When planning a vacation, you very carefully (unless on a free-abandon adventure) decide where you want to go, when and where to stay, what to do, etc.; and if you can book the time and place. You also want to shop around for best prices, appropriate accommodations, class of travel, etc.
Then, absent misadventure, you stick to the plan and have the photos to prove it. Even if, along the way, you realize you could have done things a bit differently and saved yourself a little money or convenience.
Once everything is planned and booked, changing plans becomes expensive and often impossible. You have, after all, caused airlines, hotels, tour companies, etc., to modify their plans to accommodate yours. Upsetting you plans causes them inconvenience and often costs and damages.
Procurement should be approached with the same understanding.
First, determine what it is you need. Then find out if it is available in the market. Write the specifications you need to get that. Then get quotes, and go and have fun.
What we too often find with procurement, though, is that people want to change their plans after the bookings have been made and deposits paid. The following article from Suffolk, Virginia, USA, illustrates this common occurrence.
Contract lawsuit dismissed
A lawsuit against the city of Suffolk was dismissed this week after the city canceled a contract it had signed to purchase a mobile command bus for the police department.
The lawsuit involved a mobile command vehicle the Suffolk Police Department planned to purchase with a Port Security Grant of more than $600,000.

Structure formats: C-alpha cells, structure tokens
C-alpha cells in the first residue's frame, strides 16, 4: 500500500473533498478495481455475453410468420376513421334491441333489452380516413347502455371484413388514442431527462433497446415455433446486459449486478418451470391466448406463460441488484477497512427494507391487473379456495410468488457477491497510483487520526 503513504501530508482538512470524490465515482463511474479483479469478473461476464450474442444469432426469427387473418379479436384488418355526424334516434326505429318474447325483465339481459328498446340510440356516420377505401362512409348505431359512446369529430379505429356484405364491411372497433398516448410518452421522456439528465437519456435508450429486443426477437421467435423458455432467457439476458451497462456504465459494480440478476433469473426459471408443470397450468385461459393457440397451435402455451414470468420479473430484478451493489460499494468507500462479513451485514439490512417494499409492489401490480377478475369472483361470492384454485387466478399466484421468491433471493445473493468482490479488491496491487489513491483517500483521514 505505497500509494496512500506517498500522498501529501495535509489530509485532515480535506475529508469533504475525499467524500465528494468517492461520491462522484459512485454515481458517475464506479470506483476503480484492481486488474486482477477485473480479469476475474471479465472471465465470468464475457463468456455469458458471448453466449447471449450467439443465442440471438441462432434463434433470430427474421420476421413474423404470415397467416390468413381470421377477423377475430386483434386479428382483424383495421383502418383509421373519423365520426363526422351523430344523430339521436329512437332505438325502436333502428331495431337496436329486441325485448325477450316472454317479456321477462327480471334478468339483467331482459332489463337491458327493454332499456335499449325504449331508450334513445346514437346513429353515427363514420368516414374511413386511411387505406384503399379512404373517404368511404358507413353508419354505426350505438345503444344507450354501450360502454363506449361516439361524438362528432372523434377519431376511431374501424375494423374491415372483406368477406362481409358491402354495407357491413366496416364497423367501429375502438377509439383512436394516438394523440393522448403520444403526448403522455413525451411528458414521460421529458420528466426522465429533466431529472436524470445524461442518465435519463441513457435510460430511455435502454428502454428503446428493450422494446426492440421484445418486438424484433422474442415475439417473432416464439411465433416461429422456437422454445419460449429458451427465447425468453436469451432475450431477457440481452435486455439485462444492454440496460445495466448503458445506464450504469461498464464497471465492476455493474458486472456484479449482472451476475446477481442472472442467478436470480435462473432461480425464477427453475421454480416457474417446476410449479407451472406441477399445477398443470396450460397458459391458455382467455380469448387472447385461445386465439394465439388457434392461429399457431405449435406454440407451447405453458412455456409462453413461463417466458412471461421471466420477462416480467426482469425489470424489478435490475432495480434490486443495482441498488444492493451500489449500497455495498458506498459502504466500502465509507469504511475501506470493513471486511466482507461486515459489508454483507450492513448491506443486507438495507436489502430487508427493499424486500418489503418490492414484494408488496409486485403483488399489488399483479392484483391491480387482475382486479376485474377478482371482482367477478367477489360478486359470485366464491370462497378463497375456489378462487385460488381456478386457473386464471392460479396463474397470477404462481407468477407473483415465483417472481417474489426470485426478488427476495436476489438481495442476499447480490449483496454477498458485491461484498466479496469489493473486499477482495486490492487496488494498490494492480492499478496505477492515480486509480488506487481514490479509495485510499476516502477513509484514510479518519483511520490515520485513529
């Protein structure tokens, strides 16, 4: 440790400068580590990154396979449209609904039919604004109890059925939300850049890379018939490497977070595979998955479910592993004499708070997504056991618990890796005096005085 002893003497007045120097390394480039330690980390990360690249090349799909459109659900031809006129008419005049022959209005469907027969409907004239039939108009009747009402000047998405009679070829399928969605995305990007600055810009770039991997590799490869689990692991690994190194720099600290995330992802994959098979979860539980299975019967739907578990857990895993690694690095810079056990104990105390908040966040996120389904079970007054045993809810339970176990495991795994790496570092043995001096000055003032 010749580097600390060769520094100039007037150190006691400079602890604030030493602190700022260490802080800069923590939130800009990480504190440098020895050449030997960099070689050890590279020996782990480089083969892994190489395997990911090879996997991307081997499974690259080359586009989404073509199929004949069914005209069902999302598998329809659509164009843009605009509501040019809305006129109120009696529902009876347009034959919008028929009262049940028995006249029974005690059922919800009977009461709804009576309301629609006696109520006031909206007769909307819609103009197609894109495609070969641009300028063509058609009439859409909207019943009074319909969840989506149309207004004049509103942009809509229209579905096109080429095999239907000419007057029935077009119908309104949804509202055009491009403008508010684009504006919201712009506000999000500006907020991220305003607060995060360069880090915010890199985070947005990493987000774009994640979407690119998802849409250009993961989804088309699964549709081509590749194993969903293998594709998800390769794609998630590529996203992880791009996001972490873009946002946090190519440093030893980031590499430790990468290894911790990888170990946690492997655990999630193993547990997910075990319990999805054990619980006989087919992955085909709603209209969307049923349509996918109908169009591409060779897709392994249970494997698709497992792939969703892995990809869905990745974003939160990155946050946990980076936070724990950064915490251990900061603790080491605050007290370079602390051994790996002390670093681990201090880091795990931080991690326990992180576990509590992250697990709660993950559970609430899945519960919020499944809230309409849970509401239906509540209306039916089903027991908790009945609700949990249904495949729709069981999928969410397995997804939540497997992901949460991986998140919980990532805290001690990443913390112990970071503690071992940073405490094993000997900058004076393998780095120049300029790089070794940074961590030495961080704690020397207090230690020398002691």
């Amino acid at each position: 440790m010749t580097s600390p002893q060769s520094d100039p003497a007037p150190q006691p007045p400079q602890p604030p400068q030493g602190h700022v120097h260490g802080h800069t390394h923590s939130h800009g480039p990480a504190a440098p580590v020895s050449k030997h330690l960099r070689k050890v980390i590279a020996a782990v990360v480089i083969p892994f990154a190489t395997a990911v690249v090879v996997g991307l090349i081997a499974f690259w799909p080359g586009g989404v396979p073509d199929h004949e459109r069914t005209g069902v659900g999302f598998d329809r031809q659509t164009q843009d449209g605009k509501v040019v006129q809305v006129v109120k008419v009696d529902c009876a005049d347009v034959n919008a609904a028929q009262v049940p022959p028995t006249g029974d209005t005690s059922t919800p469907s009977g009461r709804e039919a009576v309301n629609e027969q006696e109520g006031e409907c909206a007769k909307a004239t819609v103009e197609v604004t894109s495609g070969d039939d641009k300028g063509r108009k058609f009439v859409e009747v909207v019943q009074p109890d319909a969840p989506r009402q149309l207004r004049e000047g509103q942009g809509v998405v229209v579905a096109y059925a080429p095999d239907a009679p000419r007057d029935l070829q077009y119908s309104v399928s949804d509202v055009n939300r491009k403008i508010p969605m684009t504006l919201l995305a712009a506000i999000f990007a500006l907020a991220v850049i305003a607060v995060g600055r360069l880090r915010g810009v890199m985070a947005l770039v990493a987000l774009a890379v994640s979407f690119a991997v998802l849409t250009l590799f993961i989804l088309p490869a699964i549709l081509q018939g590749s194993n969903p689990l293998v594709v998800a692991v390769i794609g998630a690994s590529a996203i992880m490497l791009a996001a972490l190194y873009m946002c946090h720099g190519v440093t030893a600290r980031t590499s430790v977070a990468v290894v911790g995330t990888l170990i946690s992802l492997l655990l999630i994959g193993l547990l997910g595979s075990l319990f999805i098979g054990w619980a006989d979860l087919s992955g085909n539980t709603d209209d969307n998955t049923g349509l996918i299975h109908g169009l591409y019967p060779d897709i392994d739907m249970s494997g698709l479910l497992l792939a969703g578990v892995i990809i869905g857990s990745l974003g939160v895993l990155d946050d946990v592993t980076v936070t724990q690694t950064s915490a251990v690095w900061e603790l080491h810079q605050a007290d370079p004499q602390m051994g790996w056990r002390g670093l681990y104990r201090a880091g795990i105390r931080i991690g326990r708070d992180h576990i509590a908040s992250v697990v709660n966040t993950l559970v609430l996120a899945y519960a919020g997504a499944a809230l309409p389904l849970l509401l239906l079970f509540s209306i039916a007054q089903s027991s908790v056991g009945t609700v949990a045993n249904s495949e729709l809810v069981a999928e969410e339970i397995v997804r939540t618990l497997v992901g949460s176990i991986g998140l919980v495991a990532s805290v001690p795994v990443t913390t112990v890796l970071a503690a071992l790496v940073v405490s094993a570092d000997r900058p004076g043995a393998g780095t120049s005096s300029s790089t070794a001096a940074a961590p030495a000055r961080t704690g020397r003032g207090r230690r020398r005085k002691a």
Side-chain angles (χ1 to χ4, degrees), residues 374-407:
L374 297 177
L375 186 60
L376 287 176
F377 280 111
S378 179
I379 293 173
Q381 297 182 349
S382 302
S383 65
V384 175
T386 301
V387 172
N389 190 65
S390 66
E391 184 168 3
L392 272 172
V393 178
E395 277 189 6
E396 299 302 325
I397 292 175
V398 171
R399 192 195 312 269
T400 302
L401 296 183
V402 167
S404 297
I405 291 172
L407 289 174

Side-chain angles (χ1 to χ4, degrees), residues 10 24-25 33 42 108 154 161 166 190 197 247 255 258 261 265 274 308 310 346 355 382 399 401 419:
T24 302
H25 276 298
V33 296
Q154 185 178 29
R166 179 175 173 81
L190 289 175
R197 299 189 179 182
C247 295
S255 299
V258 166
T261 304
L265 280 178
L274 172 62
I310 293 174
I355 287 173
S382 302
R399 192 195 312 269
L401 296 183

The bus, according to a presentation to City Council by Police Chief Thomas Bennett earlier this year, would help the department improve its response to natural disasters, hostage situations and other incidents.
Matthews Specialty Vehicles Inc., submitted a bid of $655,292 for the vehicle. Farber Specialty Vehicles submitted a lower bid of $589,000 and was given the contract.
Matthews promptly cried foul, saying that Farber’s bid did not follow the specifications listed in the bid invitation, including for such things as the width and weight of the bus, dimensions of the radiator, construction and flooring materials, the style of cabinets and ceilings and more.
After the lawsuit was filed, Suffolk Circuit Court granted an injunction that prevented the city from proceeding with the purchase until the trial was concluded. Matthews alleged that Suffolk had violated the Virginia Public Procurement Act.